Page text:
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Belgium Day 2: Ypres

BELGIUM | Sunday, 15 November 2009 | Views [2623]

Ypres was kind of a mistake. Well the whole day was full of mistakes. I decided to squeeze a day trip to Ypres into our schedule at the last minute, and it seemed to me that out of the 14 days we had, Day 2 was the only one that could be spared for this day trip. Originally, Day 2 was supposed to be spent exploring Antwerp's top fashion houses -- this was the only walking tour for Antwerp in my Lonely Planet guide. And it was the only thing in the schedule I wasn't 100% excited about, so that's why I thought it would be better to sacrifice one day in Antwerp for a day trip to Ypres instead, where we would learn more about World War I.(Ypres was a major battlefield during the war and was totally destroyed by bombs. It's now a popular tourist destination especially among the British -- most of the names on the cemetery headstones are English.)

And this despite the fact that I knew Antwerp was very far away from Ypres. In fact, out of all the Belgian cities we were going to visit, Antwerp was the farthest away from Ypres. Visitors usually go to Ypres from Bruges, never from Antwerp. But I didn't want to sacrifice a day in Bruges to go to Ypres. Ah I could go on all day defending myself over this decision but I know in the end it was a damn stupid one.

So anyway, I knew from my research that it would take us about two hours to get to Ypres from Antwerp. But the day before, I'd mentioned to Magda (the owner of our B&B) that we were going to Ypres and she'd said, "Oh yes it takes about an hour to go there." So I thought, hey that's not so far after all. So on the morning of Day 2, we thought we even had time to squeeze in a visit to Antwerp's Royal Art Museum before taking the train to Ypres. We had to reach Ypres by about 12:30 p.m. -- I'd made a booking with a battlefield tour group that would set off at 1 p.m.

It was a damn cold morning. I remember feeling shocked the moment I stepped out of the door. It was like, "Who left the fucking freezer on all night?!" (The next morning, we told Jeff that we were freezing and he said, "No this is not so cold.")

Lianyi held the map and acted as the guide. The museum was close enough to walk to so we had a nice stroll through the neighbourhood. It was a peaceful Sunday morning. And I really do love the apartment buildings in Antwerp. Along the way, we stopped at a convenience store run by a Belgian Turk to buy tissues - my nose was running like the Nile of course - and he asked us where we were from. We told him Singapore and he asked, "You came to Belgium for a holiday? You must be crazy."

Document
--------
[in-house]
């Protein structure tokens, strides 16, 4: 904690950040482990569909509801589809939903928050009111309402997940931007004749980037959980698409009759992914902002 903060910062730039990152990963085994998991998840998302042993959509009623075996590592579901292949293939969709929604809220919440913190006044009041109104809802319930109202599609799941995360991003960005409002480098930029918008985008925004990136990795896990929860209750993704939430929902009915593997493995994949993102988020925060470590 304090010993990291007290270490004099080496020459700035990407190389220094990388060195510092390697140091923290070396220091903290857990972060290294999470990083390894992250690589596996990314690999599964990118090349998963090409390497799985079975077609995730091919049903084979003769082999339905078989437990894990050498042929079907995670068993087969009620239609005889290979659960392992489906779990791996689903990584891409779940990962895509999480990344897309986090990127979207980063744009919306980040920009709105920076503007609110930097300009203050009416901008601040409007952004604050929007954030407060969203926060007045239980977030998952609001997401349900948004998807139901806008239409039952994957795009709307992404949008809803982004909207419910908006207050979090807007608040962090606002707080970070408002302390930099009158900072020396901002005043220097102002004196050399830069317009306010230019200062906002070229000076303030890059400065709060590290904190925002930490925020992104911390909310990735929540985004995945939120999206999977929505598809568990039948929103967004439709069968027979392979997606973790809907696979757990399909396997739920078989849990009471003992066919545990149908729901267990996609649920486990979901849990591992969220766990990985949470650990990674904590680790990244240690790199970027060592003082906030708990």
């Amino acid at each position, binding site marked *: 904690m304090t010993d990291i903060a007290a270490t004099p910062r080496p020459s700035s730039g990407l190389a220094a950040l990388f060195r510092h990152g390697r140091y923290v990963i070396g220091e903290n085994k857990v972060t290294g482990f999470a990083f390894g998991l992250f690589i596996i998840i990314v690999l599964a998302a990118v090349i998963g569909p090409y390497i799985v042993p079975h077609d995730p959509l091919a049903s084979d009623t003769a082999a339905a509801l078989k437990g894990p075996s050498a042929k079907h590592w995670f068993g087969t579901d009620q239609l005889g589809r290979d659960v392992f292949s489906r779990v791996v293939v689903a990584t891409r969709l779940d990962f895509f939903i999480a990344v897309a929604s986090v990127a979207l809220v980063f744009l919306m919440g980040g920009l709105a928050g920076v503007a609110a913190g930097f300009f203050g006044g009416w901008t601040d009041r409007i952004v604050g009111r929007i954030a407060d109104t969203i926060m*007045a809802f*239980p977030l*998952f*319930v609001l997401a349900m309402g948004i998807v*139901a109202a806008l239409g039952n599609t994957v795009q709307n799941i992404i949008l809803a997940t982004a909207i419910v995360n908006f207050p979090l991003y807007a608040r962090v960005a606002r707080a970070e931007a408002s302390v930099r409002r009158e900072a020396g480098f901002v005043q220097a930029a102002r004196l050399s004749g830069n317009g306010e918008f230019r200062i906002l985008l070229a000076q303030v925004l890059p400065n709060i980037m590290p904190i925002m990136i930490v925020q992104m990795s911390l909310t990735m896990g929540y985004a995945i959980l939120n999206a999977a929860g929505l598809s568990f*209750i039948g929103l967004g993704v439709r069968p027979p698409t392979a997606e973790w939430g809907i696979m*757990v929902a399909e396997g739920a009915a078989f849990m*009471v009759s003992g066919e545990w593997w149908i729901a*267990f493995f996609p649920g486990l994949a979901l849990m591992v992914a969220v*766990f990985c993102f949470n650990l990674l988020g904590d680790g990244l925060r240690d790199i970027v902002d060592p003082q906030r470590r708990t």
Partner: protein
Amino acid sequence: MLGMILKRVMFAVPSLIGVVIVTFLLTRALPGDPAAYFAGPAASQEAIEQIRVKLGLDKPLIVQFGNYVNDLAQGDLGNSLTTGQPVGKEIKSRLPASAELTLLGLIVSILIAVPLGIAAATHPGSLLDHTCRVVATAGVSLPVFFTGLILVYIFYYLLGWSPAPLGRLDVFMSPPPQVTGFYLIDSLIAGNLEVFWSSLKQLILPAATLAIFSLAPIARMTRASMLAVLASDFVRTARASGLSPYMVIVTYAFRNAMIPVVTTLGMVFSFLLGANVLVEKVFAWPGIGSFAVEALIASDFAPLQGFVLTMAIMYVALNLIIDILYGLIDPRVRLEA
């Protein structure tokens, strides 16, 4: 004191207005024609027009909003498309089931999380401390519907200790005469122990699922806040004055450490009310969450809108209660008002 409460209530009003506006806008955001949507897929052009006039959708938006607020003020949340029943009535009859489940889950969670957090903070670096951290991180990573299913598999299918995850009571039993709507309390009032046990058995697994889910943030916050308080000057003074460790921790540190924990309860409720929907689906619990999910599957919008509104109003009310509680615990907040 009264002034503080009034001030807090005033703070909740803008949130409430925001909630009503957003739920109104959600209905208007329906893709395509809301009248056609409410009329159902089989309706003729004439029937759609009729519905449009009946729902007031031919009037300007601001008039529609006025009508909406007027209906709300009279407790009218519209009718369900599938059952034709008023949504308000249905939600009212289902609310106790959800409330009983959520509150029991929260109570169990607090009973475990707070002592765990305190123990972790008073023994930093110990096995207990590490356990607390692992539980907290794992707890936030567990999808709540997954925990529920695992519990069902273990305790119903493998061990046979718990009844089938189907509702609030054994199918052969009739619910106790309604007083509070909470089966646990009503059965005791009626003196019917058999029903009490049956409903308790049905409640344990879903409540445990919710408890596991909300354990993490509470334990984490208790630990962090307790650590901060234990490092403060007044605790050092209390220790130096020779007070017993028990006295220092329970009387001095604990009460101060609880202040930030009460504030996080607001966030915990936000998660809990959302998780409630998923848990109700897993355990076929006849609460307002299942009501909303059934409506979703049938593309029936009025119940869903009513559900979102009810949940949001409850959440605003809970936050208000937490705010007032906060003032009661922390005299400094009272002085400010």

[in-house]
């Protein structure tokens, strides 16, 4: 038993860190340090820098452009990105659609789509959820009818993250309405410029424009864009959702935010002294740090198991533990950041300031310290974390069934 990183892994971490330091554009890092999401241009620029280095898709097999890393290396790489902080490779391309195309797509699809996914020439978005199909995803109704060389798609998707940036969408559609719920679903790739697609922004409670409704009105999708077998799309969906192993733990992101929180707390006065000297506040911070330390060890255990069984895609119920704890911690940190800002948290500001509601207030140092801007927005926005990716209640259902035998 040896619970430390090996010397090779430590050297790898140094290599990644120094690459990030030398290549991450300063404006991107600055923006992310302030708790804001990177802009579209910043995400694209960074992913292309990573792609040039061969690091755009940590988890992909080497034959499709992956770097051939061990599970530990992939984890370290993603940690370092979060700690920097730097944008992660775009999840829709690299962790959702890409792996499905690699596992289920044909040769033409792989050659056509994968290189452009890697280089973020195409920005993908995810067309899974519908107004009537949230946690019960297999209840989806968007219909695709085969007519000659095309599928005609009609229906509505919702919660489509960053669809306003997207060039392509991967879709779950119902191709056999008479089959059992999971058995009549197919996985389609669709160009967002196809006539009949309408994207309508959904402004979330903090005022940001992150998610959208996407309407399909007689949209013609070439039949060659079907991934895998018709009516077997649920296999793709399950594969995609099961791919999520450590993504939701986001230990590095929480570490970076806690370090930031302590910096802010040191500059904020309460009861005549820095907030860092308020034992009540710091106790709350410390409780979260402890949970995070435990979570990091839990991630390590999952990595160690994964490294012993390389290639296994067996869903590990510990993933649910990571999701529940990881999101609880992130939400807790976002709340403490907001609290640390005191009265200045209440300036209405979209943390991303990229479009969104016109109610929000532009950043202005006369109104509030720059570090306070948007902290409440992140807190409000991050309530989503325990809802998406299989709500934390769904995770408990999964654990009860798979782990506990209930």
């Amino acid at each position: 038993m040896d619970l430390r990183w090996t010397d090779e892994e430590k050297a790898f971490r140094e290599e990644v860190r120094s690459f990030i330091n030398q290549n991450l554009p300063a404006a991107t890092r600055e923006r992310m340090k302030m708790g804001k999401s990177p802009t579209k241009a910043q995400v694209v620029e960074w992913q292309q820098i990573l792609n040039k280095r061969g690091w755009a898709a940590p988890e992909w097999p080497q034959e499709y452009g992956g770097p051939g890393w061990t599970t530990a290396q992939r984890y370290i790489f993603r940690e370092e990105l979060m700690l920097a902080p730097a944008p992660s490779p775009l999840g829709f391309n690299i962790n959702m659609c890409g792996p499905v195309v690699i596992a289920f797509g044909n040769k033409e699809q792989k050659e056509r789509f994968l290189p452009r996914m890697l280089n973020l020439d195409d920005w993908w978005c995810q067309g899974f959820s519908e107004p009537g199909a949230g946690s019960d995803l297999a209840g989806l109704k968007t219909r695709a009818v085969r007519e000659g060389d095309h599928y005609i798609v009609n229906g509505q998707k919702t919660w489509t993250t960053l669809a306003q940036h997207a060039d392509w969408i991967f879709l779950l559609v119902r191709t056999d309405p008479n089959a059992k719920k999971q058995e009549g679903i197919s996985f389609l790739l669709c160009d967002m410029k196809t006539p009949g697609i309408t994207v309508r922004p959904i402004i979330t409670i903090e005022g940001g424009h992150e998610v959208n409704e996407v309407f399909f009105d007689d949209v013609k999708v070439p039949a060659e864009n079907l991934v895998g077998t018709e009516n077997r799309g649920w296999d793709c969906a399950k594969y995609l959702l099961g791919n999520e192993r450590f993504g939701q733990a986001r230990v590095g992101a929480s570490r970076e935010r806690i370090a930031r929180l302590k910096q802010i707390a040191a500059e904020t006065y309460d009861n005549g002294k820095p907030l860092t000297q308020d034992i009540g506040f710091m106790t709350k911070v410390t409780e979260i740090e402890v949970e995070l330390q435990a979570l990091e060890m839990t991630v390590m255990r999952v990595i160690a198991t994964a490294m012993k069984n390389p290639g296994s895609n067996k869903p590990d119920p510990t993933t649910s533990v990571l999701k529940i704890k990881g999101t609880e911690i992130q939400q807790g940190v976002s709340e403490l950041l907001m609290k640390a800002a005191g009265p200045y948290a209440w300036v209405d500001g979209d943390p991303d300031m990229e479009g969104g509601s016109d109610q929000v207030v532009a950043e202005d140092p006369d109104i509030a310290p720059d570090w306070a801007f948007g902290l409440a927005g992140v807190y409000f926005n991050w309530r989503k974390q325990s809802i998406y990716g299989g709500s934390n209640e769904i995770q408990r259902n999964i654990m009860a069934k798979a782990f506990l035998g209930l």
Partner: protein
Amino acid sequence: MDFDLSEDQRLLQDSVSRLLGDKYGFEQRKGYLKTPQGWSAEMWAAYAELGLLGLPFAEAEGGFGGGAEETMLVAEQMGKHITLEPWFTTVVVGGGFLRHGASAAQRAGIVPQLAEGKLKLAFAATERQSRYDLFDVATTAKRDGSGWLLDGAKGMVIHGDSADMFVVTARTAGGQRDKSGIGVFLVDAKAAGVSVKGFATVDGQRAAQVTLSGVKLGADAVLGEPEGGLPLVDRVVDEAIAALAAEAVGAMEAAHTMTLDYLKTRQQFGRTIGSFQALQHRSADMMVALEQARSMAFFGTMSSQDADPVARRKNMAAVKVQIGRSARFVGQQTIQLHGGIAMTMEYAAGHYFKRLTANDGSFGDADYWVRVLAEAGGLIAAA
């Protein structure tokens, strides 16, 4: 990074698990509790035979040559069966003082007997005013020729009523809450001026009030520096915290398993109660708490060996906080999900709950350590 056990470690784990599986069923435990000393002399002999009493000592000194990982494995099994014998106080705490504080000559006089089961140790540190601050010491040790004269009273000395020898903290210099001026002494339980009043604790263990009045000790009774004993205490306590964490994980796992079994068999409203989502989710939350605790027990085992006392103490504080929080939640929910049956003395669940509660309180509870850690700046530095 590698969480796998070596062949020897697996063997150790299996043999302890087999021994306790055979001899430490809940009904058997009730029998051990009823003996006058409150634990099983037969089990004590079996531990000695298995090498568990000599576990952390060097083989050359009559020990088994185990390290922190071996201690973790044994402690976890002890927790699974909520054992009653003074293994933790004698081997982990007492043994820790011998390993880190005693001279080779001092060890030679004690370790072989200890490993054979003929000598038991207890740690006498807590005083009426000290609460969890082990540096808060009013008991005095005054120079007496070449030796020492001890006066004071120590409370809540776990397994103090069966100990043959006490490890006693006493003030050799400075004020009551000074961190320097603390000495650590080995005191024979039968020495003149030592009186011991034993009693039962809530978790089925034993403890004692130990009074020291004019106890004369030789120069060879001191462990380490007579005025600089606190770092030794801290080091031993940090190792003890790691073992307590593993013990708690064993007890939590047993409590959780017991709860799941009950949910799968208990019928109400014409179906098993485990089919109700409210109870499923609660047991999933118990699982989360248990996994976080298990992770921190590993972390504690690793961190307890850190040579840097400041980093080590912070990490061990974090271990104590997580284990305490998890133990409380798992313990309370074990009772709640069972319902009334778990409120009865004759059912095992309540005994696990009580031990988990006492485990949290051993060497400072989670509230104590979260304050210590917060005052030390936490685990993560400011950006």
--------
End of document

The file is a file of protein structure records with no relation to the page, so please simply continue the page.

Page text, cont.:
So we walked and walked and eventually we came to this huge, grand building that was ultra modern and imposing. But it was still closed. The museum would only open at 9 am and we had about 10 minutes to spare. Lianyi went off in search of a toilet at one of the nearby shops while I stayed behind. When he came back, he was still unrelieved -- all the shops were closed. And the museum was still closed too, although it was already five minutes past 10. We started peering into the doors, and seeing nobody, we went looking for some human contact. We saw someone enter a door to what looked like an office, so we followed behind and kind of stood outside the door like idiots until a disembodied voice said something to us in Flemish.

The voice was coming from a speaker on the wall outside the door, and we saw that there was a video camera pointed straight at us too. Big Brother eventually realised we couldn't understand him, so he switched to English and said, "This place is not for you!"

"Is... this the royal museum?"

"No this is the courthouse!"

Yeah, my trusty tour guide had led us to the court of justice instead of the royal art museum. By then, we didn't have enough time anymore to make our way to the museum because we had a train to catch, so we just made our way to the train station. But at the stationplein (such a convenient word, that) we found the Diamond Museum, so we decided to take a peek (to make full use of our Antwerp City Pass, remember). It was quite interesting, but we only had a cursory look before rushing off to take the train. And oh my god, what madness it was just trying to get on the right train!

Antwerp's train station is huge. And destinations aren't tied to the platforms, meaning for example -- if you've missed your train to Brussels that just departed from Platform 1, you might have to now go to Platform 9 to take the next one. And this was just our second day in Belgium so we hadn't yet mastered the art of reading the train schedules.